NOTE TO READERS: When this project lost substantial funding at the end of 2018, I lost the ability to continue publishing criteria-driven news story reviews and PR news release reviews - once the bread-and-butter of the site going back to 2006. The 3,200 archived reviews, while still educational, are getting old and difficult for me to technically maintain on the back end of the website. So I am announcing that I plan to remove these reviews from the site by April 1, 2021. The blog and the toolkit - two of the most popular features on the site - will remain. If you wish to peruse the reviews before they disappear, please do so by the end of March 2021. After that date you may still be able to access them via the Internet Archive Wayback Machine - https://archive.org/web/.

Cardiobrief raises questions of disease-mongering & conflicts of interest in familial hypercholesterolemia guidance

On his Cardiobrief blog, Larry Husten introduces:

“…the first of a three-part series on the National Lipid Association. This first part focuses on the NLA’s publication of a series of papers offering expert guidance on familial hypercholesterolemia (FH) and raises serious questions about the role of industry in the documents. The second part explores additional questions about the NLA’s relationships with industry and the management of the organization. In the third part the NLA answers questions sent to them about some of the issues raised in this series.”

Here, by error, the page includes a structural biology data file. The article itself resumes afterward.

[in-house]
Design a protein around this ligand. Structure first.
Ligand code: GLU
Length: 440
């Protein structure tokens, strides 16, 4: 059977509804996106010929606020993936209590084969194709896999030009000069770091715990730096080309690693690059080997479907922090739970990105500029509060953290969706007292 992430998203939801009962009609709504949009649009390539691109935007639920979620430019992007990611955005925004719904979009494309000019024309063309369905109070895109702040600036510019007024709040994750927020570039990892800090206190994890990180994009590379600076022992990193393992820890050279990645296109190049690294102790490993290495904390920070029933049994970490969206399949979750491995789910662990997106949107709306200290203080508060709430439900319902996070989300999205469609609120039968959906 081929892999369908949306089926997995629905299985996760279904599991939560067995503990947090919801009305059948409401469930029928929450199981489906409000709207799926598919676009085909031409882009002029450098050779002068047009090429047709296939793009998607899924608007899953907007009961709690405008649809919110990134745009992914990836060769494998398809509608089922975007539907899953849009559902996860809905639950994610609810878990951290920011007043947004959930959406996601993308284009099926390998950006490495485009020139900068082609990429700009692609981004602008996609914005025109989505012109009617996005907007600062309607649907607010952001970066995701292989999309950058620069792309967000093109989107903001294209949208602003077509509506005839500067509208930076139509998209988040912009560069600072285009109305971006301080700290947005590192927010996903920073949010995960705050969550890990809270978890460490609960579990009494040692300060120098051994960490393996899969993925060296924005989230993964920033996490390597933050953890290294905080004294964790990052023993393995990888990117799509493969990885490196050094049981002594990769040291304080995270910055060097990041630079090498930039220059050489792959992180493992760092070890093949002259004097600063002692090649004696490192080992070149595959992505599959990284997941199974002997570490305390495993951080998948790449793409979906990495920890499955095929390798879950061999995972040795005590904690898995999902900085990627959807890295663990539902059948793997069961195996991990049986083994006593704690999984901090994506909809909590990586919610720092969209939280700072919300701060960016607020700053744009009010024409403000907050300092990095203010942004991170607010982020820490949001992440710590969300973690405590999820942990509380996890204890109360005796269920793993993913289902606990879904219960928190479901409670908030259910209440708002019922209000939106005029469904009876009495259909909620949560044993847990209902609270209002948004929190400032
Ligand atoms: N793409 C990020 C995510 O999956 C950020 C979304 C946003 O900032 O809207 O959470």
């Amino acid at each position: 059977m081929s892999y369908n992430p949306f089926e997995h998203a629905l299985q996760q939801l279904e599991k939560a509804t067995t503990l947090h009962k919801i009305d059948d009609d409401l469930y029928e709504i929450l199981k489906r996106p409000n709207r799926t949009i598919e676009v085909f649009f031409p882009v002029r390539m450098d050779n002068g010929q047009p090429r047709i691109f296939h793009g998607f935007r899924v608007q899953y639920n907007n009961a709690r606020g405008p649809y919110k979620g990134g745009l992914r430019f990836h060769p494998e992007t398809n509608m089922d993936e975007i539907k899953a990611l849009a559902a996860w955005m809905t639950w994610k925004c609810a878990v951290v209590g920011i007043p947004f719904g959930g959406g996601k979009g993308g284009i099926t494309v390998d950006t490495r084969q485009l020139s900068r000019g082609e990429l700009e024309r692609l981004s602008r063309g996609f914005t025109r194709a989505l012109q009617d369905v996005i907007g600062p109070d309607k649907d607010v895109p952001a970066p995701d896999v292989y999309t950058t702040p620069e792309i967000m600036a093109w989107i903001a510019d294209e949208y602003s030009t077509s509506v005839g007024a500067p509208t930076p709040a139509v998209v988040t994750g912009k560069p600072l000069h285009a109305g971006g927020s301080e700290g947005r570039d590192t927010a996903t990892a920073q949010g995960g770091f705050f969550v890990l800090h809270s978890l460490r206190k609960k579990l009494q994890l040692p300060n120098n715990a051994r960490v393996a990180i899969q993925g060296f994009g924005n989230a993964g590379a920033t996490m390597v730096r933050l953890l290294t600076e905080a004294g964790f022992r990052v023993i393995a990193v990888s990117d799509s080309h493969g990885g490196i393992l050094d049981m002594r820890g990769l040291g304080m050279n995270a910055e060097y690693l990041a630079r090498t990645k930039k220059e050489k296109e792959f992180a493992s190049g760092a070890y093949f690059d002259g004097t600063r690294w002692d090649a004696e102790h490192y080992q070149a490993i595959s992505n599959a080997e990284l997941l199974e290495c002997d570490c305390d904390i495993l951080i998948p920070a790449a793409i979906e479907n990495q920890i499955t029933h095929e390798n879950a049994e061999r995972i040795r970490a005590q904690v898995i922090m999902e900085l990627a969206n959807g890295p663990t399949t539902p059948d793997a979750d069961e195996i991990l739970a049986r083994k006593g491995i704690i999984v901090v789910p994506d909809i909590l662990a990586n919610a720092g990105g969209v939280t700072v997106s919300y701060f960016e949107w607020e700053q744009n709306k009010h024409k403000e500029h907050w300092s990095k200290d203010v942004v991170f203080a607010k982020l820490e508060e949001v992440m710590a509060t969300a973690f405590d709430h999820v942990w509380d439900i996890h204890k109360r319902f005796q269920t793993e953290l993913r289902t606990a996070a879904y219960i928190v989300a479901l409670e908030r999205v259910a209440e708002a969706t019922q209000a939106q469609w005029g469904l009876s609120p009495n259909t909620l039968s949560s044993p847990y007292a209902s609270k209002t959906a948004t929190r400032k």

You might also like

Comments

Please note, comments are no longer published through this website. All previously made comments are still archived and available for viewing through select posts.

Marilyn Mann

May 17, 2011 at 9:11 pm

There is no question that FH is a genuine disease, one that causes early heart disease in a high percentage of cases if untreated. I think where the disease mongering comes in is in an “awareness” campaign aimed at the general public. This just isn’t going to work if your aim is really to diagnose people with FH. FH is just not a disease the average person can self-diagnose. It takes a knowledgeable person to do it. So to the extent this campaign motivates anyone to go to their doctor to ask if they have FH, the yield will be very low. Only 1/500 people in the U.S. have heterozygous FH, so most of those people will not turn out to have it.
Some of them will get put on a statin anyway though!